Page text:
Pioneered by a Sunnybrook specialist, a new treatment that unclogs blocked arteries is giving new life to cardiac patients
John Balkwill sees piles of snow when he looks out the window. But even though spring is still a few weeks away, he's already planning a reunion with his golf clubs.
"I haven't played golf for close to two years," says John, a resident of Leamington, Ont., who was referred to Sunnybrook last year after an angioplasty procedure - one of many he has had over the last decade - failed to unclog the arteries to his heart. "In fact, I haven't been able to do much of anything for the last two years since I lived in pain every day and had been mostly bedridden."
Yet today, John is back to doing most of the things he used to do before heart disease disrupted his life. He's gone back to work at the business he co-owns, a company that provides electronic controls for greenhouses. He's exercising. He's got a life again - all because of a small dose of an enzyme called collagenase.
Last November, John became part of a clinical trial at Sunnybrook that saw collagenase - a fluid commonly used in laboratories to prepare cell cultures - injected via catheter into the blocked arteries of 20 patients.
Collagen is the primary component in the plaque that builds up and blocks the arteries of people with coronary heart disease. During an angioplasty, doctors try to push a guidewire through the plaque to make way for a catheter with a small balloon on its end.
Once the catheter is positioned properly, the balloon is inflated, causing it to press against the walls of the artery and creating blood flow. But in certain patients - like John - the plaque is so hard the guidewire can't penetrate it at all. This is a life-threatening situation.
Collagenase works by softening the collagen in this rigid plaque, causing it to degrade and break down.
"Collagenase enzymes are very specific in that they target collagen and break down its structure," explains Dr. Bradley Strauss, chief of the Schulich Heart Centre at Sunnybrook and leader of the collagenase trial.
Dr. Strauss, who is also the Reichmann Chair of Cardiovascular Sciences, has been experimenting with this application of collagenase since the 1990s. In addition to proving the enzymes are effective in softening plaque in coronary arteries, he has also produced a grade of collagenase safe for use in humans.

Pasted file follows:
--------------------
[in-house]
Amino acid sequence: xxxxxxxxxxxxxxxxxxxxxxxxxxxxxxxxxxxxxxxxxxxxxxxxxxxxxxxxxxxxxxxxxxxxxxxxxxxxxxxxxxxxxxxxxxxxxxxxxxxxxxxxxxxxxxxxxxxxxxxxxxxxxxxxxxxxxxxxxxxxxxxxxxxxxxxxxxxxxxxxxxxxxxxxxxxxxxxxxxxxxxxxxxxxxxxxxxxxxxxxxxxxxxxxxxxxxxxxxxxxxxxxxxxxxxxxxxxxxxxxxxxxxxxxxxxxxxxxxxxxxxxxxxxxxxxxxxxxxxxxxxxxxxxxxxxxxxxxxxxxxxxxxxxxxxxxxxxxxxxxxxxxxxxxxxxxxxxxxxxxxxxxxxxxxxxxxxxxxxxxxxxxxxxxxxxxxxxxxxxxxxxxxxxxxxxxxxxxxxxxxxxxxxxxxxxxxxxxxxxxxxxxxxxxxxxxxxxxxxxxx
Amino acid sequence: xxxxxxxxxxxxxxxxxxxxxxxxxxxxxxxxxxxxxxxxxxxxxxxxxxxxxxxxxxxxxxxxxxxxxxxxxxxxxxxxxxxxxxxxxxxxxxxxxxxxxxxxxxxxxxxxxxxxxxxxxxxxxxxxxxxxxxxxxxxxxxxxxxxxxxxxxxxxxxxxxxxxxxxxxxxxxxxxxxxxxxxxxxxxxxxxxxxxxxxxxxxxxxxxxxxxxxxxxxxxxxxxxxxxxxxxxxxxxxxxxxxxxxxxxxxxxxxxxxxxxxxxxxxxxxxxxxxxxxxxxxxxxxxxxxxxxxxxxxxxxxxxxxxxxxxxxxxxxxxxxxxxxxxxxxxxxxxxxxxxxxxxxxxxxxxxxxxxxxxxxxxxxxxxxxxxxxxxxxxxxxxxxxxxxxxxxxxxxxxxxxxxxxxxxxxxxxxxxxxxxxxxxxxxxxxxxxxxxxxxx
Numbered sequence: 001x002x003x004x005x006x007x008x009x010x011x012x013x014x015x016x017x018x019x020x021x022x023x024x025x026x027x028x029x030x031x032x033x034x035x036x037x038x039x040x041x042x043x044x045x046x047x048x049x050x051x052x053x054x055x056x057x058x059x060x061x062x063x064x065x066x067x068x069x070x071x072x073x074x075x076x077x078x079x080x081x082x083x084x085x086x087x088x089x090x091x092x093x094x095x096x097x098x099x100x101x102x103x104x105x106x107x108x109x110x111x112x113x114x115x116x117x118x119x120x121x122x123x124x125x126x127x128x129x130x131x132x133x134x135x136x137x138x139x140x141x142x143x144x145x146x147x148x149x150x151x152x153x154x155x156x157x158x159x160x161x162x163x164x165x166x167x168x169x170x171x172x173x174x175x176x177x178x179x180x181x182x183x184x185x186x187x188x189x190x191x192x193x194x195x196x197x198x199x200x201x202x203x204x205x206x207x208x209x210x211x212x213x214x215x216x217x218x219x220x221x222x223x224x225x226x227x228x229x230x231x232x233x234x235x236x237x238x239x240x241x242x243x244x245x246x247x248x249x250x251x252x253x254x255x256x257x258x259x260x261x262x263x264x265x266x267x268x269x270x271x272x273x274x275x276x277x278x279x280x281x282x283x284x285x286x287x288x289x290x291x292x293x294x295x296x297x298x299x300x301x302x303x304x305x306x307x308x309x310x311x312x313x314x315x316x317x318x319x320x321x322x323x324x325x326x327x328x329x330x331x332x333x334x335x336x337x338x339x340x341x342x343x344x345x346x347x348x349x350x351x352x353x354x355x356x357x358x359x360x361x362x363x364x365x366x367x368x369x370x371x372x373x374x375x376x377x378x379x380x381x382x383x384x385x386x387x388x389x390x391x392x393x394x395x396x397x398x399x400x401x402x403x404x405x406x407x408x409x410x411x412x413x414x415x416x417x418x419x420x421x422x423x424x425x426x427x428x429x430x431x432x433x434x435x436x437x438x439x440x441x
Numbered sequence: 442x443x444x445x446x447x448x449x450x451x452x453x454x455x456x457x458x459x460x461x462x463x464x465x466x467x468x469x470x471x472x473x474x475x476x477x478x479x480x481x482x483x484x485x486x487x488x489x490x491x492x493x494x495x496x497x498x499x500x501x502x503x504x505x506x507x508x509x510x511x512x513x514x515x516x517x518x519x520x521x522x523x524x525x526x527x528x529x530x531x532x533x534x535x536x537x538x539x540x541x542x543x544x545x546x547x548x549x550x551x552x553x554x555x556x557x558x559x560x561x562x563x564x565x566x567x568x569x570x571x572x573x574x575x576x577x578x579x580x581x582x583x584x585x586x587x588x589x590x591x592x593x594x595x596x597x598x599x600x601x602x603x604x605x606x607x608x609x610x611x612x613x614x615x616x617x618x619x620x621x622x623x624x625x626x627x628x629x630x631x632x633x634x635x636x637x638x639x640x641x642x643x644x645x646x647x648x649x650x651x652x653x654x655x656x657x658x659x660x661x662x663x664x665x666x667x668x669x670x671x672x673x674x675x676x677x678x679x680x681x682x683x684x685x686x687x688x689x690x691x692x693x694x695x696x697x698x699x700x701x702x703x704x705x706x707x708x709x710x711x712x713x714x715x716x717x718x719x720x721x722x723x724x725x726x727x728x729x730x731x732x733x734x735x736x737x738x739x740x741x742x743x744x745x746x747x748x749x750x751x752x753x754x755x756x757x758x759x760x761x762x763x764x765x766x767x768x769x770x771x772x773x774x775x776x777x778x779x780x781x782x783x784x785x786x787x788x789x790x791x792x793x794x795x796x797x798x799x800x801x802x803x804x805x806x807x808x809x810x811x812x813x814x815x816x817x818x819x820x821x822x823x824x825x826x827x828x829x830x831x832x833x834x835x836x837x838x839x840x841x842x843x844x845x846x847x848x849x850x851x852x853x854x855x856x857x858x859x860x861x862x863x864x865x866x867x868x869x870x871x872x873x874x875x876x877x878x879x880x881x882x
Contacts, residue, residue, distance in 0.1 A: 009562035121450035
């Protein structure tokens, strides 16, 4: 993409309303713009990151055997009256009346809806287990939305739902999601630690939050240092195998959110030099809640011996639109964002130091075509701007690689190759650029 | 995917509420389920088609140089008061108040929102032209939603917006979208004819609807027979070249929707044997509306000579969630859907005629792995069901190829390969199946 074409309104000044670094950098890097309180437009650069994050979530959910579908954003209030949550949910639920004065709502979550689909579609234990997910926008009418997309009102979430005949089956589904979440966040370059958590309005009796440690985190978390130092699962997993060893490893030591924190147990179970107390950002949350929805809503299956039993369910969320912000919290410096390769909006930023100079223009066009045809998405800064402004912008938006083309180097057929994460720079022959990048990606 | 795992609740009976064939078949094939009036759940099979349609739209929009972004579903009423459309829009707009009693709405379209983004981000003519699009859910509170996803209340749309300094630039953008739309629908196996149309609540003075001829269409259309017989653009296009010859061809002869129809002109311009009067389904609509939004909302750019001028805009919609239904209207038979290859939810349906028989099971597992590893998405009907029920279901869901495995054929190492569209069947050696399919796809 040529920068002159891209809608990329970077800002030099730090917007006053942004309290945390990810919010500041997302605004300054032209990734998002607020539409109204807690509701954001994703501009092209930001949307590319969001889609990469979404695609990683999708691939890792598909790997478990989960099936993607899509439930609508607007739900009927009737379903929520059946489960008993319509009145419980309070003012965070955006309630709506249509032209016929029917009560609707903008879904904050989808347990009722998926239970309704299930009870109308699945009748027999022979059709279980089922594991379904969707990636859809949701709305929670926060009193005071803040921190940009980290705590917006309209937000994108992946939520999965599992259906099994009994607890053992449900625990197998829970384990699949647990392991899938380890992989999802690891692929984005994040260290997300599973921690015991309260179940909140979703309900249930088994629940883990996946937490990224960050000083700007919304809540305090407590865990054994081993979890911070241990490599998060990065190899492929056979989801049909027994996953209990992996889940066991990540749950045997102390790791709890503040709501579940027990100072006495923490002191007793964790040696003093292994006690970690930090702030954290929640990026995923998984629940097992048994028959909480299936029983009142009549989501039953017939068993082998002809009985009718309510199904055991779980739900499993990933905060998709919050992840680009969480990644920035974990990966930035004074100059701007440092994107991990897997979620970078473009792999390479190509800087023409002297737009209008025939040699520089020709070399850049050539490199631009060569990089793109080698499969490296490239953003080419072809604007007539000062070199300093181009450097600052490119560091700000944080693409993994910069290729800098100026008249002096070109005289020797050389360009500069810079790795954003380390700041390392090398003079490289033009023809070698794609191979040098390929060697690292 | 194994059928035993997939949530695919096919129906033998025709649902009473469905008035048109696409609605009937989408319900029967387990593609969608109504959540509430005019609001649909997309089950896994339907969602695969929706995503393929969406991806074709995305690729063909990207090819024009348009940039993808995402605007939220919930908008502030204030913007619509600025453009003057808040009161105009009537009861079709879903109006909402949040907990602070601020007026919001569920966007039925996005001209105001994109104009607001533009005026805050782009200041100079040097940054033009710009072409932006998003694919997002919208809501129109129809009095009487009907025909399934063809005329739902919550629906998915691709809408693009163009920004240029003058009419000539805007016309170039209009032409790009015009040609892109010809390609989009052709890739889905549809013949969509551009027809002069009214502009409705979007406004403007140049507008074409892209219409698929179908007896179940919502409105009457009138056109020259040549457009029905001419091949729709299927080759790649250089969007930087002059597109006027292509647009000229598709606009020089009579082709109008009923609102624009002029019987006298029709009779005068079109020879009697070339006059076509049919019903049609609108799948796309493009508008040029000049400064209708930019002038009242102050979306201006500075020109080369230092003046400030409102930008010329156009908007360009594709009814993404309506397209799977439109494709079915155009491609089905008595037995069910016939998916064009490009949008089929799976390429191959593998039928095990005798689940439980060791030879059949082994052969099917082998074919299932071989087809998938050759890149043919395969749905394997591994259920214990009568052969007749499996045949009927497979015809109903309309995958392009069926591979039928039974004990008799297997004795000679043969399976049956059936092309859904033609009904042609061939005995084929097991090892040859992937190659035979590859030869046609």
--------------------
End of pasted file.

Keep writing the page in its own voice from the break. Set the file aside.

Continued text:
I never gave up on collagenase because I always felt thet it made sense. Dr. Bradley Strauss, Shulich Heart Centre
In 2008, Health Canada gave him the go-ahead to do his first patient trial.
The day after John received his dose of collagenase, he was back in the operating room at Sunnybrook for an angioplasty. This time, the guidewire and catheter made it through easily.
"For the last two years I could not take two steps without having angina pain, and I was basically on medication all the time to help me cope with the pain," says John. "Now two days a week I'm working out for an hour-and-a-half each day, running on the treadmill, doing bike work, lifting weights.
"I can basically do anything I want. It's like a new life now, a totally new life."
John isn't the only success story to emerge from the collagenase patient trial. Next-day angioplasties on 13 of the first 15 patients - Dr. Strauss is still finalizing his findings on the other five patients - were successful, with the plaque softening enough to let the guidewire through.
Mohsen Ghatavi is another one of these success stories. After a year of sporadic chest pains - one episode happened while he was on the highway driving to work - Mohsen is pleased to report that he is now pain- and worry-free.
"I feel great and I want to thank Dr. Strauss and his nurses and research team for what they have done," he says. "I hope they can treat more people."
That's exactly what Dr. Strauss and the people at Sunnybrook are hoping for, too. Making collagenase available to more people, says Dr. Strauss, would reduce the need for bypass heart surgery and improve the quality of lives of people living with heart disease.
"All of the patients in the trial had previously had failed angioplasties," he says. "Without collagenase, the only recourse for some of them might be bypass surgery, while those who aren't good bypass candidates would be put on medication and would have significant limitations to their lives."
The years leading up to the patient trial were not always easy, says Dr. Strauss. There were many times when he was stuck on a problem, unsure about how to go forward.
"But I never gave up on collagenase because I always felt that it made sense," he says. "So to see it work on patients and to know that we've been able to make a difference in these people's lives - well, it's just amazing."
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